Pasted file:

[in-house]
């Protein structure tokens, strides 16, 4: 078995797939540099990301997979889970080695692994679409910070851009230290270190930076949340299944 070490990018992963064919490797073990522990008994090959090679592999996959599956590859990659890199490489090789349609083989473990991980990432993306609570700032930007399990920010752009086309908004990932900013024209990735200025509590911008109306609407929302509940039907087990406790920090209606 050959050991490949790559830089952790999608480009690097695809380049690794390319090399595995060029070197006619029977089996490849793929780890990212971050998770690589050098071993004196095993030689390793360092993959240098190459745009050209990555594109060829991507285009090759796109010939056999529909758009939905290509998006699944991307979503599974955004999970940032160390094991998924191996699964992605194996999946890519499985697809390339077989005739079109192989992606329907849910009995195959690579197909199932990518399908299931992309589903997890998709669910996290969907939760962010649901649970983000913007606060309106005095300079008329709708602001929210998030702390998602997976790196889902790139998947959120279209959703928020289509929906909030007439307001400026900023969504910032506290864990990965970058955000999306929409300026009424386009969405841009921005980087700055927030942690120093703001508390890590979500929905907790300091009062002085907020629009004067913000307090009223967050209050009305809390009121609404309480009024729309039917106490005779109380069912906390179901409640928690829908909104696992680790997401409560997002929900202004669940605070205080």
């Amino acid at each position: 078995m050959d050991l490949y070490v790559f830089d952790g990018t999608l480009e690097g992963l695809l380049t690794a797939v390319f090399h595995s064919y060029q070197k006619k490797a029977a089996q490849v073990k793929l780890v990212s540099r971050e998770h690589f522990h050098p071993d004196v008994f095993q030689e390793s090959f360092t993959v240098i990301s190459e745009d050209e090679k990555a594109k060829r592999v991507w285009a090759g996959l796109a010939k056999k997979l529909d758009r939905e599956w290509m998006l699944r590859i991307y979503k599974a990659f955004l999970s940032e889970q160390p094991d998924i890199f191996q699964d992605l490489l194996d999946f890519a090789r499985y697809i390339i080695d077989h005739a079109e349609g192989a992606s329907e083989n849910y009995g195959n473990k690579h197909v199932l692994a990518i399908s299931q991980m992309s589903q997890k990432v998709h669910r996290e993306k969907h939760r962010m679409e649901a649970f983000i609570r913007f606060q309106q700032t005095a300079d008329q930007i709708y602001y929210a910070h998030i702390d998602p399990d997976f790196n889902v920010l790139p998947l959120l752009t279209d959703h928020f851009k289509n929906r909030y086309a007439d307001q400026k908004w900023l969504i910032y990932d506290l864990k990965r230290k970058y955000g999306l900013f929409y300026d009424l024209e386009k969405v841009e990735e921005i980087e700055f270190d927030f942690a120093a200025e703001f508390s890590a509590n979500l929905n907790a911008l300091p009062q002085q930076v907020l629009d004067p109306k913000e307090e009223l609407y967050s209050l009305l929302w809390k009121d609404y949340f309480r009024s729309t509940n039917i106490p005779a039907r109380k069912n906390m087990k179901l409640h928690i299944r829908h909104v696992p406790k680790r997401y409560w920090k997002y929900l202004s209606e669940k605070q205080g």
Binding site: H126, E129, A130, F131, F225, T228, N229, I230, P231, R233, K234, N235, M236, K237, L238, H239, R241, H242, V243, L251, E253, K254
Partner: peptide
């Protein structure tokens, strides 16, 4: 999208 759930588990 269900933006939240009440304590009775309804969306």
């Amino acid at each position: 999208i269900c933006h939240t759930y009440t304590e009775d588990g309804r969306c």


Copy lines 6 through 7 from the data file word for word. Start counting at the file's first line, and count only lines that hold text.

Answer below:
């Protein structure tokens, strides 16, 4: 999208 759930588990 269900933006939240009440304590009775309804969306």
């Amino acid at each position: 999208i269900c933006h939240t759930y009440t304590e009775d588990g309804r969306c």